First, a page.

Did I really look like that, I ask myself? I’m in standing against the front fender of my old maroon Buick Skylark. A pretty, thin, blonde woman clutches my arm. She’s wearing a wide straw hat and a long flowery summer dress. I look like a hippie beside her. I’m wearing flared jeans, a button down shirt, and a crumpled old top hat. I look skinny, young, and happy. We both do. My hair is curly and rebellious, flares out past my shoulders.

“Everybody says you look like Slash in that one,” my older sister says looking across her kitchen table. “All the kids looked it. They said you look like Slash.”

Later in my kitchen, at my table, I flip the picture over. In smudged blue ink, someone’s written our names, a date and the event. My sister’s wedding at the Longhouse in Kanehsatake on June 21, 1975. I can’t take my eyes off it. I can remember that day, and the evening that followed, with a clarity that scares the hell out of me.

My sister was about to marry a man that, I think I knew even then, was beating her. She did her duty for years. She gave birth to two wonderful children, a boy and a girl, then threw her husband out. Even on her wedding day, there were omens if one really wanted to look.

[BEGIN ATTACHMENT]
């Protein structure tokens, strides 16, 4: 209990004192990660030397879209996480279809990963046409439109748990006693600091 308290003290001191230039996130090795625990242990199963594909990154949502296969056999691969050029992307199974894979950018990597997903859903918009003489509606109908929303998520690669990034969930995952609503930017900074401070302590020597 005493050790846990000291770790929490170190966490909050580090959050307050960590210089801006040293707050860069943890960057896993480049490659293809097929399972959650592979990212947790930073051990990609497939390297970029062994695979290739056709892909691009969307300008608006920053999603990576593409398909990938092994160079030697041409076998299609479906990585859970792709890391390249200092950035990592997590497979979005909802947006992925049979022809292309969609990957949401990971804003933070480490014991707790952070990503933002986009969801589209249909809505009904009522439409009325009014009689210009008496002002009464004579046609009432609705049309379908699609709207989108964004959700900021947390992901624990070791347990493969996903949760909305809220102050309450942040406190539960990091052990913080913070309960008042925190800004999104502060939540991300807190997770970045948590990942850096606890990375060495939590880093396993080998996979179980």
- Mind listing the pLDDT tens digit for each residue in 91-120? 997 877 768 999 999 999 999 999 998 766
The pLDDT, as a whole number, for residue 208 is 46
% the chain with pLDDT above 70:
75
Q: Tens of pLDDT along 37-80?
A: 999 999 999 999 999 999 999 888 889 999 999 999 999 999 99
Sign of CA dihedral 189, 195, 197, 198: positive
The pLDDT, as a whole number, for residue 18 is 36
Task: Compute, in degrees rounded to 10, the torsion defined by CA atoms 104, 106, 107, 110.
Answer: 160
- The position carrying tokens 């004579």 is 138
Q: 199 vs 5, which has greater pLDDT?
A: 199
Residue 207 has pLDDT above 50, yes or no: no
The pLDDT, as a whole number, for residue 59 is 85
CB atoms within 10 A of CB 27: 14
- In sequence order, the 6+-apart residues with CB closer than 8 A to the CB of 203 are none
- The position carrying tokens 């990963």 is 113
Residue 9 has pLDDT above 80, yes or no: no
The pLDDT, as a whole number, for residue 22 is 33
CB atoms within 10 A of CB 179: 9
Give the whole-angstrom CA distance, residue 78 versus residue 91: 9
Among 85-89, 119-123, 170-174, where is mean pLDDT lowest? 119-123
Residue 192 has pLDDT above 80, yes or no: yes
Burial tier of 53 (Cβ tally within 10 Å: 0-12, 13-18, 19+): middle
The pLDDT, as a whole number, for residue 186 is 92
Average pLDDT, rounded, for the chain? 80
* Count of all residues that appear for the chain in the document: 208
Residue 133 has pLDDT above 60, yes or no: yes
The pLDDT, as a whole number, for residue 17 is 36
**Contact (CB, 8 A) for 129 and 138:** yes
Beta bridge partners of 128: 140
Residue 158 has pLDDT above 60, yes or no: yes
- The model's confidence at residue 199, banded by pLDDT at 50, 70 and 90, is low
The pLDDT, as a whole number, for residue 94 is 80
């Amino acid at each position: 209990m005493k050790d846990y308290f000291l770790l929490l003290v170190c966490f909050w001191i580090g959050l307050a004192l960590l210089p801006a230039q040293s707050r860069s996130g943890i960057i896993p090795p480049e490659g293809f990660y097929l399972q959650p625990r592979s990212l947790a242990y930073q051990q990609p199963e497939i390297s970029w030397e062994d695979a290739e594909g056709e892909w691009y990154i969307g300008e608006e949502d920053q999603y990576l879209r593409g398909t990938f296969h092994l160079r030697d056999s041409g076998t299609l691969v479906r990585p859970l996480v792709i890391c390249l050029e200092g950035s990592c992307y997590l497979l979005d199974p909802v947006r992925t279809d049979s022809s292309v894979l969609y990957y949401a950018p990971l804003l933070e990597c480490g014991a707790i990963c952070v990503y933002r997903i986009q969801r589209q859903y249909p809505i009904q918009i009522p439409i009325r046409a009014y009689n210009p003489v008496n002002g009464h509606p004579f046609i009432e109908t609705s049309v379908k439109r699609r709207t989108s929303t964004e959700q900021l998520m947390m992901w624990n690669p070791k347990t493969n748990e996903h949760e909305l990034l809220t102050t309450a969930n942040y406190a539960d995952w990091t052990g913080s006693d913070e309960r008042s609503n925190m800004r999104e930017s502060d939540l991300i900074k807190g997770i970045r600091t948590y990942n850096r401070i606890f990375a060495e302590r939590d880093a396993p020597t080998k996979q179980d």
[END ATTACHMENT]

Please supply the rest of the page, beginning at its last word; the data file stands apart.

Back then, though, we didn’t want to see the signs. This was a wedding day. A happy occasion. So we dressed up, went to the Longhouse, and watched the second traditional marriage in Kanehsatake in nearly a hundred years. We went out into the sun for pictures afterward, put on big smiles, and wanted desperately to be happy. I’m sure we were.

Afterward, some went home. Others had to travel a distance and caught the early ferry to Hudson. A bunch of us decided we wanted to celebrate by going to the hotel in Oka. My girl and me followed my sister, her new husband, and the rest of the wedding party to the Auberge d”Oka. We went there because this was a special occasion.

For ordinary Friday or Saturday nights, there was the Oka Inn, the “Indian bar,” the pool table and Georgie Paul. To make a statement about racial equality, we might head to the Marina. But this was a wedding. We didn’t want to get into any fights, which would probably happen at the Oka Inn. So we piled into the Auberge d”Oka.